Though we are in the midst of adopting online payment portals, Nielsen report shows that security remains the key concern for users to fully adopt online payment.
To counteract this, Mei Lee believes that while some are within the control of mobile payments service providers – such as thinking through the customer’s end-to-end journey to avoid shopping inconveniences and adding value and simplifying the transaction process -this also requires a concerted industry push towards a true cashless ecosystem.
“For example, BNM could play the lead, active role in encouraging mobile payments adoption through standardization of the payments flow and determining the minimum security guidelines. It could then work with the industry to promote awareness of the increased security offered by mobile payments over cash or card through technology enablers such as biometrics, tokenization and end to end encryption,” Mei Lee points out.
There are three major concerns over security: data security, data privacy, and fraud. To reassure users, Joseph from Asia Pay shares some security measures in place to tackle this:
- Data Security
When customers use their card for online transaction, they will need to first receive their password or one-time password (OTP) from bank or card issuers. This is the first layer of protection for consumers.
- Data privacy
Payment Card Industry Data Security Standard (PCI DSS) is a proprietary information security standard for organizations adopted in Malaysia, that handle branded credit cards from the major card schemes including Visa, MasterCard, American Express, Discover, and JCB.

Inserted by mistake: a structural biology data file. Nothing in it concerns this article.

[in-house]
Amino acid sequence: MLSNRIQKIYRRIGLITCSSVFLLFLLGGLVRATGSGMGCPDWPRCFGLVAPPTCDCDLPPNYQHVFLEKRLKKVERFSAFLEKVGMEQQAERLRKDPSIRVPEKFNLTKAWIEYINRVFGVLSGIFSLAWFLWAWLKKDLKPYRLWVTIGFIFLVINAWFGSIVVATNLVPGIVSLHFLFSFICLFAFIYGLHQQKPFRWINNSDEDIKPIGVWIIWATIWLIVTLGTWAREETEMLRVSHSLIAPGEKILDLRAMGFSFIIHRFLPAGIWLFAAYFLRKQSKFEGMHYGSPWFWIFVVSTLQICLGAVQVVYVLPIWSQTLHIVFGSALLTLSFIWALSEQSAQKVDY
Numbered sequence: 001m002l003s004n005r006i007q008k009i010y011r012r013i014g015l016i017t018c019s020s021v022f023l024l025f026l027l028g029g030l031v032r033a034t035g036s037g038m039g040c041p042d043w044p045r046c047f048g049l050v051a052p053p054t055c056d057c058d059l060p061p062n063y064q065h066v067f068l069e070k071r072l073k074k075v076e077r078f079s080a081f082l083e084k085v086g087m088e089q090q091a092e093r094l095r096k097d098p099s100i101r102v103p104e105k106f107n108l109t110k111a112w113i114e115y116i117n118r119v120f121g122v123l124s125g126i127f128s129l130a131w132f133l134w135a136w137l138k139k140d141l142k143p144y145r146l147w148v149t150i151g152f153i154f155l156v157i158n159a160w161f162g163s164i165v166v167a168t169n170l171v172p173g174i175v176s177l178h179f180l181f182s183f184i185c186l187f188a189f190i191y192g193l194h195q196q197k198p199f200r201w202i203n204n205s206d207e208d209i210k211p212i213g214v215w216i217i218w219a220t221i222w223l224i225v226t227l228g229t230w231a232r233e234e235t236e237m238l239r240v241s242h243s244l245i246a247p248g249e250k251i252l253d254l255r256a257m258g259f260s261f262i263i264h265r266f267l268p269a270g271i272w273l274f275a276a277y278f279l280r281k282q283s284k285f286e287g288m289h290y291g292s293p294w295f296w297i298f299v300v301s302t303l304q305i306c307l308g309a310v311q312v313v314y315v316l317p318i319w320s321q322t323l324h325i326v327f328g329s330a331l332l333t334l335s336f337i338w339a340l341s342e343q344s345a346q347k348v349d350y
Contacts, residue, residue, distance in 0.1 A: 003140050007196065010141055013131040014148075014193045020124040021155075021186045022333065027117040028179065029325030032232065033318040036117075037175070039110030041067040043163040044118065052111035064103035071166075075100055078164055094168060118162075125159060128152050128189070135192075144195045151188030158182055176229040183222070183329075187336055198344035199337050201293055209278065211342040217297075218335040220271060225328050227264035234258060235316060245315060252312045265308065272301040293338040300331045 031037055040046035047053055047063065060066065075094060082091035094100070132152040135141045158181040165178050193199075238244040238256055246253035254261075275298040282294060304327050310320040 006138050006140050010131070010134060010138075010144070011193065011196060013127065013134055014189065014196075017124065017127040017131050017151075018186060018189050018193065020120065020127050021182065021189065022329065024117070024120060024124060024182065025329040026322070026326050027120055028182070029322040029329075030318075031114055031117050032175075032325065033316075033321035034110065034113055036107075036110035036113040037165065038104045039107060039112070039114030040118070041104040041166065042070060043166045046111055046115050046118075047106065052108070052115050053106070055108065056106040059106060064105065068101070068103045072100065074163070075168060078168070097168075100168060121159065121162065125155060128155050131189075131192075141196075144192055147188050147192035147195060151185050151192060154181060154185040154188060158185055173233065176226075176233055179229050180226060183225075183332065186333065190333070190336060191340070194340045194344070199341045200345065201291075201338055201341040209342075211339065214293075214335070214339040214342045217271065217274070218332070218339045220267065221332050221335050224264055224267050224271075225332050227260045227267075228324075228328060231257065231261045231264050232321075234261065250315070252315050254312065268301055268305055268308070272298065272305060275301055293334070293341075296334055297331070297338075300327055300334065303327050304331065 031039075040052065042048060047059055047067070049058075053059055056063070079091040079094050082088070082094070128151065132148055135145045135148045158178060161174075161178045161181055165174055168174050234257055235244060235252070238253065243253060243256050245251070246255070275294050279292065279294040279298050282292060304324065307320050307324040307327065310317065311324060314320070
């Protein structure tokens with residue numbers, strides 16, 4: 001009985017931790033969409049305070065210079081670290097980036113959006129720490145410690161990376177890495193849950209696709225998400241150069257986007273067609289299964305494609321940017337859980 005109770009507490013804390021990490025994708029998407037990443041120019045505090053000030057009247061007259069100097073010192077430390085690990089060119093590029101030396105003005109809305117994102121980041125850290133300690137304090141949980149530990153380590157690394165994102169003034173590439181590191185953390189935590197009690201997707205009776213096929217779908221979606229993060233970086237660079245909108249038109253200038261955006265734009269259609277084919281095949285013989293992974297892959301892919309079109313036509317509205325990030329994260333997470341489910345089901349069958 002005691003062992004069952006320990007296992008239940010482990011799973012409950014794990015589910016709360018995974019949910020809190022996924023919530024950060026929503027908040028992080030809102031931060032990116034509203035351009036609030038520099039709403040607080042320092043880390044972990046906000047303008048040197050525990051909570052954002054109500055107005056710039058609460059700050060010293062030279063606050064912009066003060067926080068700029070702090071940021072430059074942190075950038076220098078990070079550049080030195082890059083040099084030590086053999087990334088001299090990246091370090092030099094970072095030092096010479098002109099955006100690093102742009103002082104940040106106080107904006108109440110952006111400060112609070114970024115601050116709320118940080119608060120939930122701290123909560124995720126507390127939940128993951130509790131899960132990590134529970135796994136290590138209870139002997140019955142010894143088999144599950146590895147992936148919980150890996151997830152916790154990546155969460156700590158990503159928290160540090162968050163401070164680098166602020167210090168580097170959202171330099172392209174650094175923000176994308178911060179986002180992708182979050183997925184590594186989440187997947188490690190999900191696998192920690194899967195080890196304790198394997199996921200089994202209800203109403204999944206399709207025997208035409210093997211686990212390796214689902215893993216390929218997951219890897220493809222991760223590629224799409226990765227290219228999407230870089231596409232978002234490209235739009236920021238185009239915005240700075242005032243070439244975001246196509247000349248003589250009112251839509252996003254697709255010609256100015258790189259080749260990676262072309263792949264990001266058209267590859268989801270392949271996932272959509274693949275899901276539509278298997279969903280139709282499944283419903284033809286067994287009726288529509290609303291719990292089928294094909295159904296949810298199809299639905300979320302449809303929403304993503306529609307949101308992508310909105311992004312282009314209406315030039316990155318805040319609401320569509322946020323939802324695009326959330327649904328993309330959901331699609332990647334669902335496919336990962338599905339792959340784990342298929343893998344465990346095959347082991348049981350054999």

This helps to ensure your data is kept in safe hands, away from exposure and compromise.
With different type of modules in place such as tokenization, mobile responsive payment page, anti-fraud module and many more in the making, payment solution providers are responsible to keep up with the on-going digital revolutions to battle fraud in many forms.
Examples of Modules for Digital Payment (security):
1.Anti-fraud module- A module that use filters to identify transactions coming from a card with suspicious IP address, which can be a fake card. Equipped with a scoring system, merchants can identify any signs of fraud such as which country the card is issued in, language settings, the location of the transaction and more data to analyse the payment details.
2.Tokenization – the process of substituting a sensitive data element with a non-sensitive equivalent, referred to as a token that has no extrinsic or exploitable meaning or value. The mapping from original data to a token uses methods which render tokens infeasible to reverse in the absence of the tokenization system, for example using tokens created from random numbers. In the payment card industry, tokenization is one means of protecting sensitive cardholder data in order to comply with industry standards and government regulations.
3.Near-field communication (NFC) – a set of communication protocols that enable two electronic devices, one of which is usually a portable device such as a smartphone, to establish communication by bringing them within 4 cm (2 in) of each other.
With the payments landscape slowly changing, Malaysia may not be as fore front as other developed countries but with the right effort and education, we will definitely live to see the dream of ‘cardless’ society coming true and this will enable us as consumers to experience faster and better shopping experience on a secured platform!